R.J. SOLANKI Vs. GITA TRANSPORT CO.
LAWS(GJH)-1983-6-11
HIGH COURT OF GUJARAT
Decided on June 24,1983

R.J. Solanki Appellant
VERSUS
Gita Transport Co. Respondents

JUDGEMENT

N.H.BHATT, J. - (1.) THESE appeals arise out of the respective Motor Accident Claim Petition Nos. 149/76,191/76, 212/76, 248/76, 249/77 26/77 & 97/77 decided by the common judgment by the learned Motor Accident Claims Tribunal of Kheda at Nadiad. In these respective claim petitions Rs. 46,000/- Rs. 21,000/-, Rs. 57,000/-, Rs. 25,500/- Rs. 15,000/- Rs. 15,000/- and Rs. 4,050/- were awarded by the learned Tribunal as compensation. The first six out of these . seven claim petitions were filed by the unfortunate heirs of the victims of the fatal accident whereas the last claim petition being the Claim Petition No 97/77 was filed by Ranchhodbhai Janabhai Solanki, who fortunately survived that mishap. The accident in question had taken place on 30th April 1976 at about 7.45 p.m. in which the Truck bearing No. GTG 1979 driven by the common opponent No. 1 in all those claim petitions and belonging to the common owner the Gita Transport Company, the common opponent No. 2 in those claim petitions, had met with the mishap between Umreth and Dakore, about 2 kms. away from Umreth to be evact. The accident occured because the truck in question suddenly moved towards the right-hand side of the driver and violently dashed with a mango tree on that side resulting into serious injuries to six passengers carried in that truck, who ultimately succumbed to those injuries shortly thereafter. These passengers were taken by the truck by the driver from Umreth where he had halted break during his journey from Nadiad to Sevalia. The passengers requested the driver to give them lift and after initial reluctance the driver obliged them and as stated by Ranchhodbhai Solanki, the common witness of the claimants of these claim petitions tried together, by charging the hire charges. Even the common opponent No. 1 examined on behalf of the opponents, his evidence being Ex. 104 on the record of the Claim Petition No. 191/76 with which the six other claim petitions were consolidated, also stated in examination-in-chief itself that he had charged these passengers 45 paise each presumably because the passengers had boarded the vehicle at Umreth and were to get down at the nearest destination Dakore. We take judicial notice of the fact that Dakore is the next ordinary stage of carriages playing between Umreth and Dakore.
(2.) THE learned Tribunal passed the above mentioned Award in favour of the claimants, but exonerated the opponent No. 3, the Insurance Company on the ground that the Tribunal believed the passengers to be gratutious passengers, who were gracefully offered a lift by the driver on their persistant demands. Being aggrieved by the exoneration of the insurance company from the liability, the owner the original opponent No. 2 in these claim petitions have preferred the above mentioned First Appeals. On in the First Appeal No. 1203/77 arising out of the Claim Petition No. 191/76 the claimants have filed cross-objections praying for Rs. 19,000/- by way of compensation. The other claimants remained content with the amounts awarded to them by the learned Tribunal, though in all the claim petitions except the claim petition No. 249/76 the full claims put-forth in the claim petitions were not granted. Mr. G.N. Desai, the learned Counsel appearing for the common-appellant of all these first appeals firstly contended that there was no acceptable evidence to prove the negligence of the driver and according to him this was a case of pure accident where the unfortunate collision of the truck with the mango tree on the right side was almost inevitable. Reliance in this connection was placed on the driver's evidence, who said that at that time and placed there had come from the opposite direction i.e. from Dakore side a truck with headlights on and finding that truck was rushing towards the truck in question moving on the correct side and at most moderate speed, the driver had no alternative, but to alter his truck towards the right-hand side and while he was in this process of steering towards right, the on-coming truck had dashed on the near side with the result the driver sustained some injury on the head, consequently lost control over the steering wheel and the truck dashed with the mangos tree and ultimately landed into the nearby ditch. The Tribunal disbelieved this whole story depicted by the driver firstly because it rested in the interested testimony of the driver, who had showed his interest to support his masters and secondly because the injured witness Ranchhodbhai, who had put forth a modest claim only of Rs. 9990/- flatly denied the suggestion put to him. The Panchnama Exh. 37 on the record of this case which was taken on the record of other claim petition and which was summoned by us, shows that this truck had practically a frontal collision with the tree so much so that the front cabin had been totally smashed and its left side of the body also was considerably damaged. Had the initial impact been on the back left side of the truck in question, the extensive damage would have been on that side, but we find in the Panchnama Exh. 37 that all damages is noted to the front side of the truck. Had the truck in question been tossed because of the on-coming truck, the collision with the two mangos trees, not one, and almost total smashing of the entire front portion would not have been there. The learned Judge, therefore rightly held that this particular defence version was nothing but the figment of the imagination of the opponent No. 1. We would add by saying that this is one of those uncommon cases where circumstances speak for themselves. We do not think any more arguments can be advanced or entertained on this point.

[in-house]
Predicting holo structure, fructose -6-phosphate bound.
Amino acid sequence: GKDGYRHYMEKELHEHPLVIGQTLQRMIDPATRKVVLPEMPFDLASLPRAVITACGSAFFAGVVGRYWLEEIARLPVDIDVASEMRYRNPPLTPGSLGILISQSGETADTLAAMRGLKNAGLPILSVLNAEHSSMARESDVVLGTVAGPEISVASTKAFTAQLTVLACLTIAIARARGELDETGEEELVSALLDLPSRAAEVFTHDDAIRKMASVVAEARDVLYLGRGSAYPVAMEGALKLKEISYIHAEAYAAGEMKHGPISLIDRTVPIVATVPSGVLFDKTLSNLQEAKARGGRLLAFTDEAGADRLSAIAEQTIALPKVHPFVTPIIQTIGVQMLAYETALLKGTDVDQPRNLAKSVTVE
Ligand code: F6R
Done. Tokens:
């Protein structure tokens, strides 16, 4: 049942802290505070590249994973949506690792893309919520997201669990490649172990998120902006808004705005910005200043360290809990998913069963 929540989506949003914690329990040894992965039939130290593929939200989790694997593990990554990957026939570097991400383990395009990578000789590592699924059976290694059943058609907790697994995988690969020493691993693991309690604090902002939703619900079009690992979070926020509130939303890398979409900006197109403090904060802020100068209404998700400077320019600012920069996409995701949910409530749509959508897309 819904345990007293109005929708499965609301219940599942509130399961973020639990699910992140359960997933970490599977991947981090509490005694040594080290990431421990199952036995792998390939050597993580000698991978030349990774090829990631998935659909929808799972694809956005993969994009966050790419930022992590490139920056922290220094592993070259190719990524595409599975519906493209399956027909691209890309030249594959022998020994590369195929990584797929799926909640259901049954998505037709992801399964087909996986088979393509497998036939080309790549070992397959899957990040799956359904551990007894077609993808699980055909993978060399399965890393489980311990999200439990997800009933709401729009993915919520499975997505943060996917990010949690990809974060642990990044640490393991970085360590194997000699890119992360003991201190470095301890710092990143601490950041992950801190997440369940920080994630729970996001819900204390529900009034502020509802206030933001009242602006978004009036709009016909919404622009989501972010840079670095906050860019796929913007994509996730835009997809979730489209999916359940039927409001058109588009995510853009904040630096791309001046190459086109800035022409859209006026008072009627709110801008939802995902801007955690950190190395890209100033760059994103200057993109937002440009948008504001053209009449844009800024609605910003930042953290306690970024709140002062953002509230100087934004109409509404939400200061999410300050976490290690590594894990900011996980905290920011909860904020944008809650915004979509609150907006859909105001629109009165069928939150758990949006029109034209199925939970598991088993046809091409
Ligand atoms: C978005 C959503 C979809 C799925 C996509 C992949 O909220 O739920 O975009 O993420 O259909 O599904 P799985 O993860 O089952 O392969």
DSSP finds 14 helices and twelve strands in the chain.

(3.) THIS brings up to the major point of law canvassed by the appellants and attempted to be set by Mr. B.R. Shah for the Insurance Company. The ground that weighed with the learned Tribunal in exonerating the Insurance Company is that the persons who met with the unfortunate deaths were gratutious passengers. We find ourselves unable to agree with this conclusion reached by the learned Tribunal. No doubt, there is no mention in the claim petitions that the passengers had paid hire charges or they were gratutious passengers, but this non-mention is innacuous by itself. From that we cannot deduce a one-side inference that story about payment of charges deposed to by Ranchhodlal and the driver must a belated thought on their part. Not only Ranchhodlal, but even the driver categorically stated that each of those persons was charged 45 paise for the lift from Umreth to Dakore. Mr. B.R. Shah for the Insurance Company urged that some of the claimants had not boarded from Umreth. He said, one Mr. Ramanlal, the deceased, had hearded the truck from Nadiad in his capacity ask the repairer of the owners of the truck required to be transmitted to Sevalia to repair some machine of the truck owner's sister concern. No doubt, in the petition the case was put forth to that effect, but there is no evidence which can be acceptable by even the preponderance of possibility which would support this part of the story. The driver disclaims that Ramanlal had boarded the truck from Nadiad. The widow of the deceased Bai Kantaban, Exb. 77 obviously cannot have any personal knowledge. Similarly, the employee of the deceased, Jivansing Babu Singh, Exh. 91 also does not seem to be speaking of the deceased's departure from Nadiad for Sevaliay, by the truck. He has no personal knowledge about it. All he says in that the deceased has gone to Sevaliya, but when the driver, who has personal knowledge speaks otherwise, it is not possible for us to accept that statement. Similar is the case about deceased Lalitbbai, whose Widow Jadiben and her children who had filed the Motor Accident Claim Petition No. 26/77. So about Rancbhodbhai, who does not specifically state that he had boarded the truck from his village. It is well-neigh possible that he might have come to the Umreth Bus Stand to catch the bus to Dakore and finding that buses were not available, he along-with other passengers took an opportunity to travel upto Dakore by the ill-fated truck.;